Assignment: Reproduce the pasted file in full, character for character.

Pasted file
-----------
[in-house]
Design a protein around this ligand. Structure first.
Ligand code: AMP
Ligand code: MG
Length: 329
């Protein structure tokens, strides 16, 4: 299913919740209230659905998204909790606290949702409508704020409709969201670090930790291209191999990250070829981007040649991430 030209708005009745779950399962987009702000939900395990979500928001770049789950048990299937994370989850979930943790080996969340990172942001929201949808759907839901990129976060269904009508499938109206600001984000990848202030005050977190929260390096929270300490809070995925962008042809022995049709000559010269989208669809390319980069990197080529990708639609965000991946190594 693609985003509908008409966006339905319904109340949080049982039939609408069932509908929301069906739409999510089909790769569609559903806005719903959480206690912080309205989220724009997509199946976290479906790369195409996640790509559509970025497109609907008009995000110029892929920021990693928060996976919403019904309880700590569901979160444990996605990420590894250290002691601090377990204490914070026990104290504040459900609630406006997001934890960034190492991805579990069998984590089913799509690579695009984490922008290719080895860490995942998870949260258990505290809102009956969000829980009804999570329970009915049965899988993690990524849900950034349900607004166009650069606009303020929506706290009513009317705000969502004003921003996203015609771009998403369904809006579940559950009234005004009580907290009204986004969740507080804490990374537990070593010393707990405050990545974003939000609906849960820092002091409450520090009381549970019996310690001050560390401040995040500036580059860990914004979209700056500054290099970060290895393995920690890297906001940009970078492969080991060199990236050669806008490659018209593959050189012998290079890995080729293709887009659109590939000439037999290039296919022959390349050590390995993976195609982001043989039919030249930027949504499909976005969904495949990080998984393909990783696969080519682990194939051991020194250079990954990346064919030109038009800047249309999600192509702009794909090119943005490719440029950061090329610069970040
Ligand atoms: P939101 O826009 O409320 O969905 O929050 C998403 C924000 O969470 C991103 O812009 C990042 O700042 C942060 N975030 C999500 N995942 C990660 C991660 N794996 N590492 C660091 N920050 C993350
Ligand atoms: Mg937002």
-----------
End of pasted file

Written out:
[in-house]
Design a protein around this ligand. Structure first.
Ligand code: AMP
Ligand code: MG
Length: 329
């Protein structure tokens, strides 16, 4: 299913919740209230659905998204909790606290949702409508704020409709969201670090930790291209191999990250070829981007040649991430 030209708005009745779950399962987009702000939900395990979500928001770049789950048990299937994370989850979930943790080996969340990172942001929201949808759907839901990129976060269904009508499938109206600001984000990848202030005050977190929260390096929270300490809070995925962008042809022995049709000559010269989208669809390319980069990197080529990708639609965000991946190594 693609985003509908008409966006339905319904109340949080049982039939609408069932509908929301069906739409999510089909790769569609559903806005719903959480206690912080309205989220724009997509199946976290479906790369195409996640790509559509970025497109609907008009995000110029892929920021990693928060996976919403019904309880700590569901979160444990996605990420590894250290002691601090377990204490914070026990104290504040459900609630406006997001934890960034190492991805579990069998984590089913799509690579695009984490922008290719080895860490995942998870949260258990505290809102009956969000829980009804999570329970009915049965899988993690990524849900950034349900607004166009650069606009303020929506706290009513009317705000969502004003921003996203015609771009998403369904809006579940559950009234005004009580907290009204986004969740507080804490990374537990070593010393707990405050990545974003939000609906849960820092002091409450520090009381549970019996310690001050560390401040995040500036580059860990914004979209700056500054290099970060290895393995920690890297906001940009970078492969080991060199990236050669806008490659018209593959050189012998290079890995080729293709887009659109590939000439037999290039296919022959390349050590390995993976195609982001043989039919030249930027949504499909976005969904495949990080998984393909990783696969080519682990194939051991020194250079990954990346064919030109038009800047249309999600192509702009794909090119943005490719440029950061090329610069970040
Ligand atoms: P939101 O826009 O409320 O969905 O929050 C998403 C924000 O969470 C991103 O812009 C990042 O700042 C942060 N975030 C999500 N995942 C990660 C991660 N794996 N590492 C660091 N920050 C993350
Ligand atoms: Mg937002």